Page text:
Help-seeking behaviour in men and women with common mental health problems: Cross-sectional study

Maria Isabel Oliver*, Nicky Pearson, Nicola Coe, David Gunnell

*Corresponding author for this work

Research output: Contribution to journalArticlepeer-review

288 Citations (Scopus)

Abstract

Background: Many people with mental health problems do not seek professional help but their use of other sources of help is unclear. Aims: To investigate patterns of lay and professional help-seeking in men and women aged 16-64 years in relation to severity of symptoms and sociodemographic variables. Method: Postal questionnaire survey, including the 12-item General Health Questionnaire (GHQ-12), sent to a stratified random sample (n=15222) of the population of Somerset. Results: The response rate was 76%. Only 28% of people with extremely high GHQ-12 scores (≥8) had sought help from their general practitioner but most (78%) had sought some form of help. Males, young people and people living in affluent areas were the least likely to seek help. Conclusions: Health promotion interventions to encourage appropriate help-seeking behaviour in young people, particularly in men, may lead to improvements in the mental health of this group of the population.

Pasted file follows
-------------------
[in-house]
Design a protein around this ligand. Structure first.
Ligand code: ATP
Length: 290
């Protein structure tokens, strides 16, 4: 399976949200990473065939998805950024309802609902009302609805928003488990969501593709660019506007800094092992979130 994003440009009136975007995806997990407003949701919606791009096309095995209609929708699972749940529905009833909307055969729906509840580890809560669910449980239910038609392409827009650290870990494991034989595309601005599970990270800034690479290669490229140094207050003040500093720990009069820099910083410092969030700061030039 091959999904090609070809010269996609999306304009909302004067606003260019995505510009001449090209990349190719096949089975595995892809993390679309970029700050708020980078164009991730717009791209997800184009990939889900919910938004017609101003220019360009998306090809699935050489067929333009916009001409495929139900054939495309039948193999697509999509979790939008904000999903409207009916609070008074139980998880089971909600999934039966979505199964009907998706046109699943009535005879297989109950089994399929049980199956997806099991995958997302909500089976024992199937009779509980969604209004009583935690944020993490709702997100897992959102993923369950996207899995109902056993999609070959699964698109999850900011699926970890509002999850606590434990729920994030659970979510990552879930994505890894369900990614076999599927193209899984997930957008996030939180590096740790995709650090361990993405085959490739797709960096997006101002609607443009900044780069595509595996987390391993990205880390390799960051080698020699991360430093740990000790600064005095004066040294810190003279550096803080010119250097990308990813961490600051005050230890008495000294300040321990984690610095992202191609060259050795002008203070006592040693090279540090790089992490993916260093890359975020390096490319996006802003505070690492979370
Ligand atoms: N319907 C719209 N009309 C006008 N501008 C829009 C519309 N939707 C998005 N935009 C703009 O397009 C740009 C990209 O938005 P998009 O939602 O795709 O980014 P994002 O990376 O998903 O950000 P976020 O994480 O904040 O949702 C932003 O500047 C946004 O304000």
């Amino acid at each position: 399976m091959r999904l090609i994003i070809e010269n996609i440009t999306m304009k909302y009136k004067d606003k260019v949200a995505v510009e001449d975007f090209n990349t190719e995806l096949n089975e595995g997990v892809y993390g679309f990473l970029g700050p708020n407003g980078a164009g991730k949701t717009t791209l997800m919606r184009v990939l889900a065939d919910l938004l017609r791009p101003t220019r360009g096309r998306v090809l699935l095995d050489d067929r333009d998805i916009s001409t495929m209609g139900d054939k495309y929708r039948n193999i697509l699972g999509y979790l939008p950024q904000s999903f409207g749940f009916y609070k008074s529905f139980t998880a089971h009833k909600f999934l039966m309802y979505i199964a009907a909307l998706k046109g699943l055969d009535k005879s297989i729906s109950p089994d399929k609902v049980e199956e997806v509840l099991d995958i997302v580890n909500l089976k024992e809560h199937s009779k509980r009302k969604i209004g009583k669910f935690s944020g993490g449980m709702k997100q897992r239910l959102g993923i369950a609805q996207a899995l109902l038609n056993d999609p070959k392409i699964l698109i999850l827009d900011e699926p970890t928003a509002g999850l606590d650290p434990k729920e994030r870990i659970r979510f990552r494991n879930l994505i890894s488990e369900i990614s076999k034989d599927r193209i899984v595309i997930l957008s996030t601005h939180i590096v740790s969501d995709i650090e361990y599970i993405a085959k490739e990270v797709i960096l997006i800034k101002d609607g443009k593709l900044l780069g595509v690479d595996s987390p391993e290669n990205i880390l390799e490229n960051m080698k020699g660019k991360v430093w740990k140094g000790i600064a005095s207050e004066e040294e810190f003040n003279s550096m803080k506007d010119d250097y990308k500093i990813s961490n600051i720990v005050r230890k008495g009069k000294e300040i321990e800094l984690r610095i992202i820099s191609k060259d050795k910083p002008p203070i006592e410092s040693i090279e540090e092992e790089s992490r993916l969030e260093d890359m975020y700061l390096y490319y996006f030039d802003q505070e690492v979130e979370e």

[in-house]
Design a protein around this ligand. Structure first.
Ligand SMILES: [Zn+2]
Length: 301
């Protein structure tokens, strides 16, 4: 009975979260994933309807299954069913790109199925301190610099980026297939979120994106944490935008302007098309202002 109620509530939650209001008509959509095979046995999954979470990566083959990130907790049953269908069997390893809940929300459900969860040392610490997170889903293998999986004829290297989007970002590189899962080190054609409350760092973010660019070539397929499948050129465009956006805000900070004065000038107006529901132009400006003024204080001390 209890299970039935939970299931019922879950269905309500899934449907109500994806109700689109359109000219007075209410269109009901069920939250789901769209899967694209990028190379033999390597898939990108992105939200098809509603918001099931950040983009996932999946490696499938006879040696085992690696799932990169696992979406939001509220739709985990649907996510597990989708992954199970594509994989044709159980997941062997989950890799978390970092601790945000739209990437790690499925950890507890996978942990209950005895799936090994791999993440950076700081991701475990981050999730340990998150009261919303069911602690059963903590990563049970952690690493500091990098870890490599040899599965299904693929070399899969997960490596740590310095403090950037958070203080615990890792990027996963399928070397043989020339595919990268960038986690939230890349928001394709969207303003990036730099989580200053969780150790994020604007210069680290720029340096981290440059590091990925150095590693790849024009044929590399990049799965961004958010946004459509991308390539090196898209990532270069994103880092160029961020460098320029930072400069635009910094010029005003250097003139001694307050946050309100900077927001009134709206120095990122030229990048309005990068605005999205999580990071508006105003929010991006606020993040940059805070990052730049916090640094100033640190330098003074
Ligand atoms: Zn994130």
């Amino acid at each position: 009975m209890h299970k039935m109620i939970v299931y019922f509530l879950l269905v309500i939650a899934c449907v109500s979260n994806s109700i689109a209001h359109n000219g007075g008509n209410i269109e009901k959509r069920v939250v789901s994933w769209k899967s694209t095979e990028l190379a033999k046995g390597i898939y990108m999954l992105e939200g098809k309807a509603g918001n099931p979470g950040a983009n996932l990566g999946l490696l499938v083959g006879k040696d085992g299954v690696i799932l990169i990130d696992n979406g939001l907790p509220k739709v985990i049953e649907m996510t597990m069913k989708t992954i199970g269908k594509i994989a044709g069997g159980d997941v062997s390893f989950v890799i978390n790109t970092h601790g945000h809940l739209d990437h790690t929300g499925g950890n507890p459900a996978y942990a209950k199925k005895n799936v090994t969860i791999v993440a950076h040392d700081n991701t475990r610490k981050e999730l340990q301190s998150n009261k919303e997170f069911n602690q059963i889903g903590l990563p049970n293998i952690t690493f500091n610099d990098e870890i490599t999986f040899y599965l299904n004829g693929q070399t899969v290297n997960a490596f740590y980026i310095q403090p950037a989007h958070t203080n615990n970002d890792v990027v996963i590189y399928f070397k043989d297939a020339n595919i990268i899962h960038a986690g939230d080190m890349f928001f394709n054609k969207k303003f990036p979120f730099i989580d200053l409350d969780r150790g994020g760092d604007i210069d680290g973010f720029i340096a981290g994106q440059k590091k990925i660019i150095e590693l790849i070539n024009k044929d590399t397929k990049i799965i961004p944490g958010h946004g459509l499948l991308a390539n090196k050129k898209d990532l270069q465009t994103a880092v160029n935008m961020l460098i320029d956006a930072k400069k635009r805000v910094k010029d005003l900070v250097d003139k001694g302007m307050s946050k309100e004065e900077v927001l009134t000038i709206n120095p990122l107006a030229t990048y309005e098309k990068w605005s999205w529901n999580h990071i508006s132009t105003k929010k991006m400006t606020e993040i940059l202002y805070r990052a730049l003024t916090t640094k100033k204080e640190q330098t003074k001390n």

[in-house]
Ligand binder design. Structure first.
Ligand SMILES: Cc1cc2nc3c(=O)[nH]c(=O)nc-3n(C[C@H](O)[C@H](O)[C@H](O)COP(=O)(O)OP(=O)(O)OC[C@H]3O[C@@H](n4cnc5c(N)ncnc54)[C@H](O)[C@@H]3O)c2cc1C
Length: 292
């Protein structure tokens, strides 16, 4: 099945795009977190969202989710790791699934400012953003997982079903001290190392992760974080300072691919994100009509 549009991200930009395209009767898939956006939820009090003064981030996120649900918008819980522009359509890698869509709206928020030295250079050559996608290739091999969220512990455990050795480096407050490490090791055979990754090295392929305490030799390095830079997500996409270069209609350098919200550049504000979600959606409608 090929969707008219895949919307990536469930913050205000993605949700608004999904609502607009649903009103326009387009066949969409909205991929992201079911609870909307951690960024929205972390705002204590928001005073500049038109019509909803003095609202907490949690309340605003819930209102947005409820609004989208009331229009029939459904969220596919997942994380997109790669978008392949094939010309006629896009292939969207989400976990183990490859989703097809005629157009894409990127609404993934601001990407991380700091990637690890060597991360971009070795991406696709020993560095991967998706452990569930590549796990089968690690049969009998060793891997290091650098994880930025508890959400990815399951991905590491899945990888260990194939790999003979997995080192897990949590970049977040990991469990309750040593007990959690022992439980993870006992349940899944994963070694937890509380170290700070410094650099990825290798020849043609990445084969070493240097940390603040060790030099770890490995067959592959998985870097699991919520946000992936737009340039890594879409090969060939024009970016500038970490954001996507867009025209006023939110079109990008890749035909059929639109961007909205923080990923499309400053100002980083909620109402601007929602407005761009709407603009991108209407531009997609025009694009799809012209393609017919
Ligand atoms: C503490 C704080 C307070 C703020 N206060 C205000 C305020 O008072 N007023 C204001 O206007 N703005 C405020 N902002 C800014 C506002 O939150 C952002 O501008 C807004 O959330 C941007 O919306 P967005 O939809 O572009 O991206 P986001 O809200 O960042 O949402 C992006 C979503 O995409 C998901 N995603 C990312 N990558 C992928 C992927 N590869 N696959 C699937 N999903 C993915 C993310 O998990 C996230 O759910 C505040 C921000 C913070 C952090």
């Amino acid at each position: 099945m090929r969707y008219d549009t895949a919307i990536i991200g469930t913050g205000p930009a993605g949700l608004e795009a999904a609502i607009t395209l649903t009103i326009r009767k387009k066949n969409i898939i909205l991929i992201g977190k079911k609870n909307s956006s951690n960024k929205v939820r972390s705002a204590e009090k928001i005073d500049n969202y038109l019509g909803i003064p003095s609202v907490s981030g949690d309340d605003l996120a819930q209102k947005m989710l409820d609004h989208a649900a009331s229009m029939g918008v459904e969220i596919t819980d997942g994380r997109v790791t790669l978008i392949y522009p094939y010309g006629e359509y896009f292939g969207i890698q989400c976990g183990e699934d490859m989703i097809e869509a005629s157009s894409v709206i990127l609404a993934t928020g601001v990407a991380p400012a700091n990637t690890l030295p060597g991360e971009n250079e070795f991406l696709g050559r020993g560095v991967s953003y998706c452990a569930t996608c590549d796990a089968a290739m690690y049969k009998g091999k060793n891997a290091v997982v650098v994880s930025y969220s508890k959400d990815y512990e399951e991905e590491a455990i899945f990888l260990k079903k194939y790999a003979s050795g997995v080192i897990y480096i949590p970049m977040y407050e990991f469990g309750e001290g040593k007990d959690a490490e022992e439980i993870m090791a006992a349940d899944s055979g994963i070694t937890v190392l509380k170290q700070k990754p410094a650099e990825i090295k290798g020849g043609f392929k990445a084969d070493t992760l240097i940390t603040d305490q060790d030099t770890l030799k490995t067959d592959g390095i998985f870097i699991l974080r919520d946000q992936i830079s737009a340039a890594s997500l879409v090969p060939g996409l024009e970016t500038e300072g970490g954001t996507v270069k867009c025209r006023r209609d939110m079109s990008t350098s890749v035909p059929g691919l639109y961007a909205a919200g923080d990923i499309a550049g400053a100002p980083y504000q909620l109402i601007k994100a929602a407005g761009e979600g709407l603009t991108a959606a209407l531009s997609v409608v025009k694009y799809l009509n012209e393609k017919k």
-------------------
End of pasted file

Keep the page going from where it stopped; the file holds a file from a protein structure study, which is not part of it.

Original languageEnglish
Pages (from-to)297-301
Number of pages5
JournalBritish Journal of Psychiatry
Volume186
Issue numberAPR.
DOIs
Publication statusPublished - Apr 2005
Externally publishedYes

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